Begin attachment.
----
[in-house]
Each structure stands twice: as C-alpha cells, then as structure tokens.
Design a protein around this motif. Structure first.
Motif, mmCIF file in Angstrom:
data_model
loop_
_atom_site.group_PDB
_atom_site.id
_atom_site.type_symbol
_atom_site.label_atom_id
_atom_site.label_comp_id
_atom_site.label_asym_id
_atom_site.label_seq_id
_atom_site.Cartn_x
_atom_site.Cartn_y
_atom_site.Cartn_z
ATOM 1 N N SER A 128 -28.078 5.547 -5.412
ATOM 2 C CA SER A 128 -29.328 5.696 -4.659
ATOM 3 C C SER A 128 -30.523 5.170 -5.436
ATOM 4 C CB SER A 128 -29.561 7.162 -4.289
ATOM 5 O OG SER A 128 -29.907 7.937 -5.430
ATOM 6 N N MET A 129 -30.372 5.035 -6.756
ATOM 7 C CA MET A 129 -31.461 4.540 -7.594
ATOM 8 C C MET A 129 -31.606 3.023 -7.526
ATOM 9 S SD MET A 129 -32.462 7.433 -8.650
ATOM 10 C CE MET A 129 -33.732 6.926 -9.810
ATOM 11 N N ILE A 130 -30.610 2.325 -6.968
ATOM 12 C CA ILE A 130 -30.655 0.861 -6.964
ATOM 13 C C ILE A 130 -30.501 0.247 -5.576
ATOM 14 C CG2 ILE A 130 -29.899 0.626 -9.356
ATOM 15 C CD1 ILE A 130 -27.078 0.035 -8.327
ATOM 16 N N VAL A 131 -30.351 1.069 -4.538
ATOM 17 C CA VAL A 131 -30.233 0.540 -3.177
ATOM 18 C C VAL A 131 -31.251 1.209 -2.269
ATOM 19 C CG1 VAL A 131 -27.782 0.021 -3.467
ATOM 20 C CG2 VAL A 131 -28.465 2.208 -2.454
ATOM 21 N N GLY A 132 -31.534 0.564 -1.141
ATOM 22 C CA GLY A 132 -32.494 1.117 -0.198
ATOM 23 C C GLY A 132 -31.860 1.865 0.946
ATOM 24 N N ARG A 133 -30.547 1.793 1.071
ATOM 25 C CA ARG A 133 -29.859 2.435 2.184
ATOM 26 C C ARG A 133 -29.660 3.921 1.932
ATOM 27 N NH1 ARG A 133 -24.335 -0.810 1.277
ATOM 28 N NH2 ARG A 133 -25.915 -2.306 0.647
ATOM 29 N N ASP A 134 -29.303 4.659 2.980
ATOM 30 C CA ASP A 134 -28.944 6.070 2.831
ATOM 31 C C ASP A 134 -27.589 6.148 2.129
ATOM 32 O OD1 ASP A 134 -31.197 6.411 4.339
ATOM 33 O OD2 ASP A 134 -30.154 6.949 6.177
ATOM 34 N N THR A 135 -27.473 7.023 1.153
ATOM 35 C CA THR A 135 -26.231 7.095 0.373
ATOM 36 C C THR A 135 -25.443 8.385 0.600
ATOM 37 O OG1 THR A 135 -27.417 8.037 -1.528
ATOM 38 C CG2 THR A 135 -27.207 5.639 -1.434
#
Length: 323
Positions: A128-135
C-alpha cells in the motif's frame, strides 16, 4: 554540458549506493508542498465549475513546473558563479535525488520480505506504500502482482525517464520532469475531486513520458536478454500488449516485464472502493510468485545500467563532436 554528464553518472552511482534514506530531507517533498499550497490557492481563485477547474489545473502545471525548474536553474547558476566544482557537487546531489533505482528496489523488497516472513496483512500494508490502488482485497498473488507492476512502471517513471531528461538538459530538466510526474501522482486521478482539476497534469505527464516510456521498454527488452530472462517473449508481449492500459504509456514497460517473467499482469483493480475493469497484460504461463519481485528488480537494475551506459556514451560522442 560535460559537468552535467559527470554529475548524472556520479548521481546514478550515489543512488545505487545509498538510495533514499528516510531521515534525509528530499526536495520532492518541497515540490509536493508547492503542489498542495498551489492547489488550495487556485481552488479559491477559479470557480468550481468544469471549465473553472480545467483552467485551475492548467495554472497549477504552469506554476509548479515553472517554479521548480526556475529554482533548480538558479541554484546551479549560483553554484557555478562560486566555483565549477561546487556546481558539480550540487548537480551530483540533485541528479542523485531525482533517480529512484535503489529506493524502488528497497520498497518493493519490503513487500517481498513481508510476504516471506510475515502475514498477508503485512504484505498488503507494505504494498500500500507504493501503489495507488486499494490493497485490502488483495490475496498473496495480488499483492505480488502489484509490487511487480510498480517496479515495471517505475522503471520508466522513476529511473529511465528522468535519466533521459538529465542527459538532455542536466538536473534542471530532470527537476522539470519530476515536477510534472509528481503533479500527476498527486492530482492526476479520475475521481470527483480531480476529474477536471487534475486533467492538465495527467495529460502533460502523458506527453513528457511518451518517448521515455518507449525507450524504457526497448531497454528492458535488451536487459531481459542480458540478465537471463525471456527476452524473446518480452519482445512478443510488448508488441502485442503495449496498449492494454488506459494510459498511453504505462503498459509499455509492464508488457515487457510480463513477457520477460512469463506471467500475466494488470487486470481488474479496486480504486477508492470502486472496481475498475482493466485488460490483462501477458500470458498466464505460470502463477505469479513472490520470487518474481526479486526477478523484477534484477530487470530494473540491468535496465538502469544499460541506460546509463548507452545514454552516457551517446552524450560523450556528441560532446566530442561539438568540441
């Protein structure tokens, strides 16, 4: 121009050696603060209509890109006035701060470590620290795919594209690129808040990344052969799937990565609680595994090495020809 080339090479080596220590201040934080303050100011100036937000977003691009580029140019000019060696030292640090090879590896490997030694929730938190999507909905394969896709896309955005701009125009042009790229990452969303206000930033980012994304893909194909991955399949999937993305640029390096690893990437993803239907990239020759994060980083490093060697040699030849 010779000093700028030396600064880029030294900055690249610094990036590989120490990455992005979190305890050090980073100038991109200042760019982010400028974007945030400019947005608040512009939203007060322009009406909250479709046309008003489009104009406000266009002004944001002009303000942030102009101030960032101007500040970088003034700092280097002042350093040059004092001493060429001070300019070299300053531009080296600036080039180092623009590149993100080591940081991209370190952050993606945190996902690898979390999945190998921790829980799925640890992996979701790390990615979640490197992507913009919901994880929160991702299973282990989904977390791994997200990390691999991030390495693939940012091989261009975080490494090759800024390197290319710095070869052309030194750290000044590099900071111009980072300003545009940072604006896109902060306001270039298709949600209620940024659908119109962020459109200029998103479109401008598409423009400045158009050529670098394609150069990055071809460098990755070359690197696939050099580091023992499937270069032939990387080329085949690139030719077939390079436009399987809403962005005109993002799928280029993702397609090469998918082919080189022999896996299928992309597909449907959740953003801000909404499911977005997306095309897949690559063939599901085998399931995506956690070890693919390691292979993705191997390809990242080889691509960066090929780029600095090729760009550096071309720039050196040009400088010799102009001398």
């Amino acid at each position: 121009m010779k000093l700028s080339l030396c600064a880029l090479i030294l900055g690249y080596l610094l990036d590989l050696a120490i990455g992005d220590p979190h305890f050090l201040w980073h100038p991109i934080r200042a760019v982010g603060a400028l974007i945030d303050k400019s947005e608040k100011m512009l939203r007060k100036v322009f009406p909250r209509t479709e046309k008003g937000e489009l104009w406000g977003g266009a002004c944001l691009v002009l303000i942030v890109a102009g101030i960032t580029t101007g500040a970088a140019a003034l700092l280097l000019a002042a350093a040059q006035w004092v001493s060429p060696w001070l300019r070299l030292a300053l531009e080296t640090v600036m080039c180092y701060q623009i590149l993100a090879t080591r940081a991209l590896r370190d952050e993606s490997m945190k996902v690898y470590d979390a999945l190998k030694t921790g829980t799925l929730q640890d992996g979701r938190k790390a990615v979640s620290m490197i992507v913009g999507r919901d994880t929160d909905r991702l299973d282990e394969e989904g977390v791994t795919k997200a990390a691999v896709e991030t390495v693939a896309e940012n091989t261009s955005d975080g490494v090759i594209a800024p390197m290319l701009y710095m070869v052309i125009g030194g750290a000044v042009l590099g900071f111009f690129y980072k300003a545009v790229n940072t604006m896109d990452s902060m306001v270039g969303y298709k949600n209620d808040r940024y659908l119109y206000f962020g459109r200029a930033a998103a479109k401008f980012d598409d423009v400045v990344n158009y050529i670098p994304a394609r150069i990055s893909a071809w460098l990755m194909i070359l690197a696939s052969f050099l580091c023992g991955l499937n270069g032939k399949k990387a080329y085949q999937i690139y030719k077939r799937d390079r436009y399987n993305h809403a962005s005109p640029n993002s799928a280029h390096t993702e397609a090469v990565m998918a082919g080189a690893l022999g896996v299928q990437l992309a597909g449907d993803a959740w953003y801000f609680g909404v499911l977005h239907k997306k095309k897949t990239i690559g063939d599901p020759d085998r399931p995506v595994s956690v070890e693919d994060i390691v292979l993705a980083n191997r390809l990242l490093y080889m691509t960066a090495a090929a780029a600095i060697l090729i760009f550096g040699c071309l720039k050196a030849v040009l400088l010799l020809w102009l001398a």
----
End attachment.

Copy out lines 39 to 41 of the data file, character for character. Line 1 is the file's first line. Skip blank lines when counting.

ATOM 23 C C GLY A 132 -31.860 1.865 0.946
ATOM 24 N N ARG A 133 -30.547 1.793 1.071
ATOM 25 C CA ARG A 133 -29.859 2.435 2.184